Born: September 8, 1927
Died: May 13, 2012
Town: Phillipsburg, New Jersey
William Henry Walsh was born September 8, 1927 in Phillipsburg. He was one of two boys born to Ruth and Scotty Walsh. He and his brother Jim were fine athletes who excelled in baseball, football and basketball. Bill enrolled at Phillipsburg High School in 1941 and became a key figure in the school’s longtime sports rivalry with Easton High across the Delaware, in Pennsylvania. At 6'2" and 200 pounds, he was a formidable blocker and tackler.
Bill was the star of the Phillipsburg High School football squad in the early 1940s. During his three seasons as a starter, the team lost only two games. He arrived at Notre Dame in 1945 with much fanfare, as freshmen were allowed to join the varsity because of wartime manpower shortages. He immediately became the starter and in four years he helped the Fighting Irish win a pair of national championships while never missing a game. Notre Dame went undefeated in his final three seasons.
Bill was selected by the Pittsburgh Steelers with the third pick in the 1949 NFL Draft. The Steelers ran the old single-wing offense, which was highly dependent on a mobile center. Bill earned All-Pro recognition in his second year, and was selected to play in two Pro Bowls during his six years with the Steelers. In his late 20s, he began thinking about a post-career job in football. When the opportunity presented itself in 1955, he left the NFL at age 27, still at the top of his game.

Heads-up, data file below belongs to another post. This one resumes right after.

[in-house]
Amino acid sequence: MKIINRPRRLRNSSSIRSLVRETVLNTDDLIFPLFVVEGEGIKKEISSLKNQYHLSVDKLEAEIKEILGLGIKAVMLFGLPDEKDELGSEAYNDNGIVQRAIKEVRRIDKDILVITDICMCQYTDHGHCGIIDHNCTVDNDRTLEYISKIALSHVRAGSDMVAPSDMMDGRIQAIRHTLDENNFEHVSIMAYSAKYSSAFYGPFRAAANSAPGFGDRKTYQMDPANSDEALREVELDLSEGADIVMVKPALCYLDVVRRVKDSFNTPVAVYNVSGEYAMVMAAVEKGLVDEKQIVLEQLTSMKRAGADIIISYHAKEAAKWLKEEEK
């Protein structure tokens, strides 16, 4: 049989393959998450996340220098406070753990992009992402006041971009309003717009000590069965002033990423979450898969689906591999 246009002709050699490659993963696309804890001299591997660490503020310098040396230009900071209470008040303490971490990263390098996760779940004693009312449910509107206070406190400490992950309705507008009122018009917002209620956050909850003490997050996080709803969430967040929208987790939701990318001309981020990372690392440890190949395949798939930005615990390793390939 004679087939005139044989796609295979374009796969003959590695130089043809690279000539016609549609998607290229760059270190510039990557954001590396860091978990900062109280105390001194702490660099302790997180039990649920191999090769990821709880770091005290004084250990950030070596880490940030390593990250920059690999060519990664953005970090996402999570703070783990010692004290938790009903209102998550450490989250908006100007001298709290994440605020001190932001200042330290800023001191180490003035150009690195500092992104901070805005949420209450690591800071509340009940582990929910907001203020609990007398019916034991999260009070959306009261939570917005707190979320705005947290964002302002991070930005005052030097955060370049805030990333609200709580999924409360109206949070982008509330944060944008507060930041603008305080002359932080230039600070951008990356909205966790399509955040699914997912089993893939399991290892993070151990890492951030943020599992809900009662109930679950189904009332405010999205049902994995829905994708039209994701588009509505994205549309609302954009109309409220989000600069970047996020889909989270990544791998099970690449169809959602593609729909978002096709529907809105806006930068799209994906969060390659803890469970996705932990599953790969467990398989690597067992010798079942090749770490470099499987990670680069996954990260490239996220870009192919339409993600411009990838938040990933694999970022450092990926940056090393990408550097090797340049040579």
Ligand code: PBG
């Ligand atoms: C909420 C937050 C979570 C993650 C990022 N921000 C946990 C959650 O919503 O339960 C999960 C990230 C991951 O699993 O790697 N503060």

Bill returned to Notre Dame, where he coached the offensive line under Terry Brennan and Joe Kuharich for four seasons. In Bill’s four seasons at South bend, the Irish had one Heisman Trophy winner (Paul Hornung) and two other finalists (Nick Pietrosante and Monty Stickles). After a year at Kansas State, Bill took his act to the new American Football League, where he joined Hank Stram’s staff with the Dallas Texans and stayed on when the team moved to Kansas City in 1963. Stram had coached briefly at Notre Dame, where he and Bill had developed a mutual respect.
Between 1960 and 1974, Bill developed three First-Team All-Pros, Jim Tyrer, Ed Budde and E.J. Holub. The team went to the playoffs five times during that time, and won the AFL title in 1962 and Super Bowl IV in 1969. He was known as a hands-on technician who could convey the tricks of the trade quickly and clearly to his charges, and took special pride in his ability to turn so-so blockers into solid, reliable linemen.
Bill finished his coaching career with the Falcons, Oilers and Eagles, retiring after the 1991 season. Among his players during this time were Jeff Van Note and Mike Kenn in Atlanta, and Mike Munchak and Bruce Mathews in Houston. In Philadelphia, Bill inherited what was statistically the most porous offensive line in NFL history. Within two seasons he cut their sacks by more than half.
Bill retired to his home in Atlanta with his wife, Shirley, after 37 years as a college and pro coach. He passed away in Atlanta on May 13, 2012.